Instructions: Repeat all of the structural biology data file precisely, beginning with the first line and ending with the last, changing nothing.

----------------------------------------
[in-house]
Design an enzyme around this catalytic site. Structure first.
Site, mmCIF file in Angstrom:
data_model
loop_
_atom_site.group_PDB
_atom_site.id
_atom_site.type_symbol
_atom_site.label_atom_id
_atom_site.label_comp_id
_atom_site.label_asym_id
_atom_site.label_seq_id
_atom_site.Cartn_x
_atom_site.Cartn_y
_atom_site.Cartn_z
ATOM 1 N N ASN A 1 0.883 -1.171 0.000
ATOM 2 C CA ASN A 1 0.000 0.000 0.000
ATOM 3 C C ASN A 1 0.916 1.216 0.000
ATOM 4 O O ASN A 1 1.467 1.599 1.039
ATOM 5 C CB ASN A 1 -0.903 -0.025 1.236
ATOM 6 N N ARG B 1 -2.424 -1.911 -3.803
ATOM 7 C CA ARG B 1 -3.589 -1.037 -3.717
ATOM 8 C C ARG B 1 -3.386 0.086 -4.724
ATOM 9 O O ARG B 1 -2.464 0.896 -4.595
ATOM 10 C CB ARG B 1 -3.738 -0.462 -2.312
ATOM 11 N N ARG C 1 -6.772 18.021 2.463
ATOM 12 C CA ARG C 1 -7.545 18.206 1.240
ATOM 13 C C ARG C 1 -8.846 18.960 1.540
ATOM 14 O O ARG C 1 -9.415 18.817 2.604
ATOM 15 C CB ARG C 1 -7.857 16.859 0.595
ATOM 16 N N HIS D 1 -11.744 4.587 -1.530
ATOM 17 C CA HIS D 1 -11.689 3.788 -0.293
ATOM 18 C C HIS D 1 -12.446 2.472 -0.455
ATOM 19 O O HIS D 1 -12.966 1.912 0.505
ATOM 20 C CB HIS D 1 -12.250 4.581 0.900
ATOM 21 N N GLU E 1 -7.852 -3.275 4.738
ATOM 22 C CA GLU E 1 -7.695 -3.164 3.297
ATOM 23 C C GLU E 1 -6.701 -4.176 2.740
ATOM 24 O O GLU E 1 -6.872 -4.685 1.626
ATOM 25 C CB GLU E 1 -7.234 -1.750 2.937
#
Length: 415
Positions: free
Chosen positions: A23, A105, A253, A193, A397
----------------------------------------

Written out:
[in-house]
Design an enzyme around this catalytic site. Structure first.
Site, mmCIF file in Angstrom:
data_model
loop_
_atom_site.group_PDB
_atom_site.id
_atom_site.type_symbol
_atom_site.label_atom_id
_atom_site.label_comp_id
_atom_site.label_asym_id
_atom_site.label_seq_id
_atom_site.Cartn_x
_atom_site.Cartn_y
_atom_site.Cartn_z
ATOM 1 N N ASN A 1 0.883 -1.171 0.000
ATOM 2 C CA ASN A 1 0.000 0.000 0.000
ATOM 3 C C ASN A 1 0.916 1.216 0.000
ATOM 4 O O ASN A 1 1.467 1.599 1.039
ATOM 5 C CB ASN A 1 -0.903 -0.025 1.236
ATOM 6 N N ARG B 1 -2.424 -1.911 -3.803
ATOM 7 C CA ARG B 1 -3.589 -1.037 -3.717
ATOM 8 C C ARG B 1 -3.386 0.086 -4.724
ATOM 9 O O ARG B 1 -2.464 0.896 -4.595
ATOM 10 C CB ARG B 1 -3.738 -0.462 -2.312
ATOM 11 N N ARG C 1 -6.772 18.021 2.463
ATOM 12 C CA ARG C 1 -7.545 18.206 1.240
ATOM 13 C C ARG C 1 -8.846 18.960 1.540
ATOM 14 O O ARG C 1 -9.415 18.817 2.604
ATOM 15 C CB ARG C 1 -7.857 16.859 0.595
ATOM 16 N N HIS D 1 -11.744 4.587 -1.530
ATOM 17 C CA HIS D 1 -11.689 3.788 -0.293
ATOM 18 C C HIS D 1 -12.446 2.472 -0.455
ATOM 19 O O HIS D 1 -12.966 1.912 0.505
ATOM 20 C CB HIS D 1 -12.250 4.581 0.900
ATOM 21 N N GLU E 1 -7.852 -3.275 4.738
ATOM 22 C CA GLU E 1 -7.695 -3.164 3.297
ATOM 23 C C GLU E 1 -6.701 -4.176 2.740
ATOM 24 O O GLU E 1 -6.872 -4.685 1.626
ATOM 25 C CB GLU E 1 -7.234 -1.750 2.937
#
Length: 415
Positions: free
Chosen positions: A23, A105, A253, A193, A397